Coronavirus:
Bridge loans and restructuring loans

 

As a rule, the granting of bridge loans and restructuring loans to enterprises in situations of distress is subject to specific rules and limitations. If they are not observed, and if the restructuring of the borrower is unsuccessful in insolvency, there is a risk of avoidance in insolvency and claims for compensation of damages, as well as supervisory measures. In the coronavirus crisis, however, new loans regularly are at risk of becoming problem loans. That in turn would make it difficult to provide liquidity. Governmental authorities and the legislators have responded to this.

In the regulatory area, the German Federal Financial Supervisory Authority (BaFin) and the European Central Bank have introduced a series of measures designed to provide relief. For instance, the application of BTO 1.2.5 No. 3 of the German Minimum Requirements for Risk Management (Mindestanforderungen an das Risikomanagement, MaRisk) has essentially been suspended.

Ability to avoid transactions temporarily suspended

In order to give legal certainty to lenders that have provided financing to enterprises struggling with the coronavirus pandemic, the Bundestag and the Bundesrat have adopted the following temporary suspensions on the ability to avoid transactions in order to protect those creditors in the event that a subsequent restructuring ultimately fails.

  • If an enterprise receives a loan in the period 1 March to 30 September 2020, known as the “suspension period”, all repayments that are made against that loan through 30 September 2023, as well as all collateral that is (subsequently) provided in the period 1 March to 30 September 2020, will not be subject to avoidance. They will not be classified as prejudicial to creditors.
  • Granting a loan or providing collateral during the suspension period will not be considered as contributing to delay in the filing an application for commencement of insolvency proceedings in a manner that is contra bonos mores.
  • For shareholders and equivalent lenders, the following applies: Repayments of shareholder loans granted during the suspension period that are made through 30 September 2023 will not be subject to avoidance. This does not however apply to any collateral that is provided. The arrangements concerning subordination and the consequences of it, particularly under section 39 (1) No. 5 of the German Insolvency Code (Insolvenzordnung, InsO), are suspended where an application for commencement of insolvency proceedings is filed on or before 30 September 2023.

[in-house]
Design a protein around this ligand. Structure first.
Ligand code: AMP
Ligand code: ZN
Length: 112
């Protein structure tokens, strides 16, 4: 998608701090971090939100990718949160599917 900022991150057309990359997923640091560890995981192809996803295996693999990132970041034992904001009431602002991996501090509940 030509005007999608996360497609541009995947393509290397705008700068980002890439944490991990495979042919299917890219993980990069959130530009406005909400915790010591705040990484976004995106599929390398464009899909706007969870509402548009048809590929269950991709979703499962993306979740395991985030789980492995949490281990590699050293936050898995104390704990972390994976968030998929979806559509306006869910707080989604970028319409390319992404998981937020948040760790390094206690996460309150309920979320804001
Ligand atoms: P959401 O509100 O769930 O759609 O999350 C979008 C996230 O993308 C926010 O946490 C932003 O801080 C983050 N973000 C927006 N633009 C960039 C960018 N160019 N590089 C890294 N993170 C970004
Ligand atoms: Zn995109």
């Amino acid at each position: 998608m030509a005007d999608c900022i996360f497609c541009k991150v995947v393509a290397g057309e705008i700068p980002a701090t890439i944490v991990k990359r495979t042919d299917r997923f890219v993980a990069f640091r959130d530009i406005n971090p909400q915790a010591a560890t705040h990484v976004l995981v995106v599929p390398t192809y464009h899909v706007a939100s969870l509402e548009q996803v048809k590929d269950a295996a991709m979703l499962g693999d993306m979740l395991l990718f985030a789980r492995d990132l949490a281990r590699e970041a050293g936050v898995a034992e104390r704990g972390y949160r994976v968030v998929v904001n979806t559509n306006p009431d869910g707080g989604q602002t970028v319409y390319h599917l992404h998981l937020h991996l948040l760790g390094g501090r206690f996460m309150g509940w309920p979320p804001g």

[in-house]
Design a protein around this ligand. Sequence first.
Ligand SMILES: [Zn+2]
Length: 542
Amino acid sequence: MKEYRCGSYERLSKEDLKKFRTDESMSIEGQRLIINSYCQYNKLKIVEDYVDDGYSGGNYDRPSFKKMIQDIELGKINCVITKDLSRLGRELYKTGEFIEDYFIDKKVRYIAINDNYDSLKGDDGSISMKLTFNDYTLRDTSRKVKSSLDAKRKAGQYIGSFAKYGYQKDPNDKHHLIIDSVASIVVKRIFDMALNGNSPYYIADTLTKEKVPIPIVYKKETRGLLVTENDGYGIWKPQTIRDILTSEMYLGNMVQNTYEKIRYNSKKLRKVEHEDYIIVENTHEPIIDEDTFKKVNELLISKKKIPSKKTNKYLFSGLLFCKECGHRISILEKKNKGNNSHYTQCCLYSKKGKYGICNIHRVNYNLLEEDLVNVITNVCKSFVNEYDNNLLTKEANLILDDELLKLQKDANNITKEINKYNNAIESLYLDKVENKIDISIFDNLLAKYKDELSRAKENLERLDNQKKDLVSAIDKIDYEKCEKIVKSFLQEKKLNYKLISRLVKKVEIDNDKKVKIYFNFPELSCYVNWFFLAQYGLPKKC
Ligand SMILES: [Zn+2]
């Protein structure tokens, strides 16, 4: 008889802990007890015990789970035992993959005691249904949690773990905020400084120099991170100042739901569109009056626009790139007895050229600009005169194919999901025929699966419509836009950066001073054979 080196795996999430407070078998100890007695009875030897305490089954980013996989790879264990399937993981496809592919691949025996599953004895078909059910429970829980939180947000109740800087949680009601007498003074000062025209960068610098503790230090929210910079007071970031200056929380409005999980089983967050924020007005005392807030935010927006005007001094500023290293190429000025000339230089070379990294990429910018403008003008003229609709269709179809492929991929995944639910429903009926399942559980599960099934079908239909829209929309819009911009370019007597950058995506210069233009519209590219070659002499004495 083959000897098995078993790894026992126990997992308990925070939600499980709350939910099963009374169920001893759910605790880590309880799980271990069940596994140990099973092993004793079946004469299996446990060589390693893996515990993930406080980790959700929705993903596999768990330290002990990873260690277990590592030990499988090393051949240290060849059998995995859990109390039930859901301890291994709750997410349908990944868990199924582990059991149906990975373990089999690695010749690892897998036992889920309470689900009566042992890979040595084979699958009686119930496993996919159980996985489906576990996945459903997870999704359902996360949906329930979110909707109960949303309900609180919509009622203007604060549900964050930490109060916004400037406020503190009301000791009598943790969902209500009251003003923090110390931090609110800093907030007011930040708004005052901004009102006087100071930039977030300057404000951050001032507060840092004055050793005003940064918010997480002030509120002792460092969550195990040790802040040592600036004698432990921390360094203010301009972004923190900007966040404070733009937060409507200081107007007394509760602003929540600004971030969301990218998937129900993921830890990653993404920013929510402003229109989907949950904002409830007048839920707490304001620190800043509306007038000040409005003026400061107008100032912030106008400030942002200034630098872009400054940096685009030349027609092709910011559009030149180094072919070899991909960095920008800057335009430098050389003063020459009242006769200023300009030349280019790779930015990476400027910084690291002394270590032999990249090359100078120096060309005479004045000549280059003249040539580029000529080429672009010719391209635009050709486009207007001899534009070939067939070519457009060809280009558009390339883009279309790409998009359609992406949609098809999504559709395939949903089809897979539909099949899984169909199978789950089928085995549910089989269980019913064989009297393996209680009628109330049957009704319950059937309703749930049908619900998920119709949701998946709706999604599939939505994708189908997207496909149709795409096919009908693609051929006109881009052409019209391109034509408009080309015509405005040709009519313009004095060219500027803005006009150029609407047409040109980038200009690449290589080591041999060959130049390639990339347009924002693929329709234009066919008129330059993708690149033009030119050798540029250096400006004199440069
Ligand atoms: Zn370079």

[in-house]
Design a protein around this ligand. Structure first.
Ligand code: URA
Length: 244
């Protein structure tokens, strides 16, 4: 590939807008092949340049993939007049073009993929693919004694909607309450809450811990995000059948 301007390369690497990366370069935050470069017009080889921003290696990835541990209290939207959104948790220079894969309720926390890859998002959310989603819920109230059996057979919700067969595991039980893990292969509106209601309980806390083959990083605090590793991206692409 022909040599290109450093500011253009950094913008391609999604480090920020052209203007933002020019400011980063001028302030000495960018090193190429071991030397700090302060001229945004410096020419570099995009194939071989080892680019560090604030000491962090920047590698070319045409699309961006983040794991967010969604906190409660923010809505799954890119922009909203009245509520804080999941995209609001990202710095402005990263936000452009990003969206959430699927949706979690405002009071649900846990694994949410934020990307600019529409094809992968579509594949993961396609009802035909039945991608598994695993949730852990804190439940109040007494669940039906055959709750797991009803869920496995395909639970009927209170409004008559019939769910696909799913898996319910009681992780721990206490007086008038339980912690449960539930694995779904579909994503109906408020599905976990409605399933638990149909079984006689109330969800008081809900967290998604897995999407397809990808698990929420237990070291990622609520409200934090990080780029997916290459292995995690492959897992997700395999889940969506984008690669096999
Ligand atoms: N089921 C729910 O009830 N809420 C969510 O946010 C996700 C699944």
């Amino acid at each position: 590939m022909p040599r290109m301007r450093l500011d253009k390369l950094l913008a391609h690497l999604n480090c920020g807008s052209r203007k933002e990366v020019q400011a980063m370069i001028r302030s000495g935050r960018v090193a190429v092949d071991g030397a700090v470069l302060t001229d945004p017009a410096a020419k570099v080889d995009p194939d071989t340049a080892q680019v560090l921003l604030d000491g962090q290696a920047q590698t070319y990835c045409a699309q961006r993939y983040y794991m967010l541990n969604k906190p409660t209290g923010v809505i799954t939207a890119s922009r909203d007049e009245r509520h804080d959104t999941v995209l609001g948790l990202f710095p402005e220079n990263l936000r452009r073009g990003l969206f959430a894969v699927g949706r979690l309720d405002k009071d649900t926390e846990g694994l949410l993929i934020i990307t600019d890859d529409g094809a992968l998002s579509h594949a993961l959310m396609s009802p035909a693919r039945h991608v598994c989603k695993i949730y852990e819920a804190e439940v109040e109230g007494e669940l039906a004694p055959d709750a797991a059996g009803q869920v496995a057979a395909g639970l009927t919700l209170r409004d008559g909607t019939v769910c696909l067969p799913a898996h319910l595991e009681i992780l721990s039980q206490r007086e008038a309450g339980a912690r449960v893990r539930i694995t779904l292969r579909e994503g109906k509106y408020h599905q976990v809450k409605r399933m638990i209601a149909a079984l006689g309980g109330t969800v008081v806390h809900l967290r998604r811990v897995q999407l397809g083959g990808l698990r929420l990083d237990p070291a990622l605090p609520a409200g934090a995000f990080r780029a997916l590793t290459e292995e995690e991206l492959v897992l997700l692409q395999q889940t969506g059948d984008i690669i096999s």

As a general rule, congruent coverage – i.e. payments or collateral that the recipient needed to claim in that manner and at that time – will not be subject to avoidance in subsequent insolvency proceedings. In the same way, certain types of incongruent coverage transactions that are listed in the law will as a rule not be subject to avoidance. However, the privileged status enjoyed by congruent and certain types of incongruent coverage does not apply if the recipient was aware that the debtor’s restructuring efforts were not suited to remedying its illiquidity, in which case the transactions may be avoided.

However: Suspension is subject to a limitation!

However, the suspensions occasioned by the coronavirus pandemic apply only where the obligation to apply for insolvency proceedings has also been suspended for the affected enterprise. In order to qualify for a suspension, the enterprise’s material insolvency has to be the result of the coronavirus pandemic, and it must be likely that current illiquidity is only temporary. For all other cases, the current statutory arrangements in insolvency law, civil law, and company law continue to apply.

This is intended to prevent so-called “zombie companies” with no chance of survival irrespective of the coronavirus crisis from receiving artificial life support from government assistance measures, which would then cause further damage to their creditors and contract partners.

The new statutory arrangements do not address how finance providers are to obtain certainty that the specified requirements are met. In particular, there is no obligation to obtain an expert opinion or a confirmation that the enterprise is capable of being restructured, such as in the case of the “protective shield” procedure.


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